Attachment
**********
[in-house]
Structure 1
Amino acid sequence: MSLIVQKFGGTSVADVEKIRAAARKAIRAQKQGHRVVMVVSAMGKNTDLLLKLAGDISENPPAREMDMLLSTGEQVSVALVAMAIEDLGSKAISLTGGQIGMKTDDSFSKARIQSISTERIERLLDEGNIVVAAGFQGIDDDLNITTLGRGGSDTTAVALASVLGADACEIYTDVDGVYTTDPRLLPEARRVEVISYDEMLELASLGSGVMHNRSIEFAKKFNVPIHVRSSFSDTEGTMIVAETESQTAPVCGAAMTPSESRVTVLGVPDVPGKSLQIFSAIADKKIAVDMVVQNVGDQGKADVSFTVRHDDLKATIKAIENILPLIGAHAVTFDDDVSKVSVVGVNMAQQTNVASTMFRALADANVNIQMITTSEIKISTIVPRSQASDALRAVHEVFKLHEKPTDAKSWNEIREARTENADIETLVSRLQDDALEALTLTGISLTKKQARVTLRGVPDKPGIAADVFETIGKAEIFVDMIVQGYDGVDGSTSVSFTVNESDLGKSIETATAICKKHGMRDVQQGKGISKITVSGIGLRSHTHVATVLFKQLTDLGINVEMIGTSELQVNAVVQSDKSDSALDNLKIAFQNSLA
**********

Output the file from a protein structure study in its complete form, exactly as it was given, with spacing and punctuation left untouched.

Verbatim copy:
[in-house]
Structure 1
Amino acid sequence: MSLIVQKFGGTSVADVEKIRAAARKAIRAQKQGHRVVMVVSAMGKNTDLLLKLAGDISENPPAREMDMLLSTGEQVSVALVAMAIEDLGSKAISLTGGQIGMKTDDSFSKARIQSISTERIERLLDEGNIVVAAGFQGIDDDLNITTLGRGGSDTTAVALASVLGADACEIYTDVDGVYTTDPRLLPEARRVEVISYDEMLELASLGSGVMHNRSIEFAKKFNVPIHVRSSFSDTEGTMIVAETESQTAPVCGAAMTPSESRVTVLGVPDVPGKSLQIFSAIADKKIAVDMVVQNVGDQGKADVSFTVRHDDLKATIKAIENILPLIGAHAVTFDDDVSKVSVVGVNMAQQTNVASTMFRALADANVNIQMITTSEIKISTIVPRSQASDALRAVHEVFKLHEKPTDAKSWNEIREARTENADIETLVSRLQDDALEALTLTGISLTKKQARVTLRGVPDKPGIAADVFETIGKAEIFVDMIVQGYDGVDGSTSVSFTVNESDLGKSIETATAICKKHGMRDVQQGKGISKITVSGIGLRSHTHVATVLFKQLTDLGINVEMIGTSELQVNAVVQSDKSDSALDNLKIAFQNSLA